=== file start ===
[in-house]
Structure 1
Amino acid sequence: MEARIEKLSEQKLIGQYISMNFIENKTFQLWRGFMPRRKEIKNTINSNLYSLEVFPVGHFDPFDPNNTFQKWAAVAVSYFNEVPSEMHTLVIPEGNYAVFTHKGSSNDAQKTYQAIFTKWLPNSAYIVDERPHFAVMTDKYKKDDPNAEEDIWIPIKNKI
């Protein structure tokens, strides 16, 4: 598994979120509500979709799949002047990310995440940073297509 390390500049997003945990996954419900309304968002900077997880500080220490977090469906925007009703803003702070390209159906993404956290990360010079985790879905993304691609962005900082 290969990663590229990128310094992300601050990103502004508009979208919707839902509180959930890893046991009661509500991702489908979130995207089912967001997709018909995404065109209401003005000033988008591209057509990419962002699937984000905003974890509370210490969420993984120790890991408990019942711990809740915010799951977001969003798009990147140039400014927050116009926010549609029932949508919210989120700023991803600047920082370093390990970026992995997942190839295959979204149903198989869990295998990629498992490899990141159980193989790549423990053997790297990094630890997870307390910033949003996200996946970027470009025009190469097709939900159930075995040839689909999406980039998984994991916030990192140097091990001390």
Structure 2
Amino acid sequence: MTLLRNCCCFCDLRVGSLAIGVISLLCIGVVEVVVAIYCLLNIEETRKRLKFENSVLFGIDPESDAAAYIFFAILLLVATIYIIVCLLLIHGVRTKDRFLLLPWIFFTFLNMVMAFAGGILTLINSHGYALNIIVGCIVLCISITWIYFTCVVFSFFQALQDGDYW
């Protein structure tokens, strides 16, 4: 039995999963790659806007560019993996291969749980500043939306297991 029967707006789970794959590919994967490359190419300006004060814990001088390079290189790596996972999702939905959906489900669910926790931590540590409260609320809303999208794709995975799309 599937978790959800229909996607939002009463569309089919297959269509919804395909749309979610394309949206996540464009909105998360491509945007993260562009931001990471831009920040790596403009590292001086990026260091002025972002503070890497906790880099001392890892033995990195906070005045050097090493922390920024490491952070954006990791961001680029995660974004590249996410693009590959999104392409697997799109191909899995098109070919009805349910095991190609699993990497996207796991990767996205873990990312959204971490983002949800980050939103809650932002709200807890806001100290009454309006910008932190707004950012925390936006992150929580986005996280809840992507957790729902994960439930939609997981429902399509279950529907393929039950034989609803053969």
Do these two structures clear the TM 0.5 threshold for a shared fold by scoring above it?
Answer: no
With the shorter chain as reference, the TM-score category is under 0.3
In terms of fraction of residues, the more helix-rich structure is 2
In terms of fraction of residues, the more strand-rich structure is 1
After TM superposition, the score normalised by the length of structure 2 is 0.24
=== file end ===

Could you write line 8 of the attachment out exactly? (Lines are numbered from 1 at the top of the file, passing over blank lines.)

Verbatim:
Do these two structures clear the TM 0.5 threshold for a shared fold by scoring above it?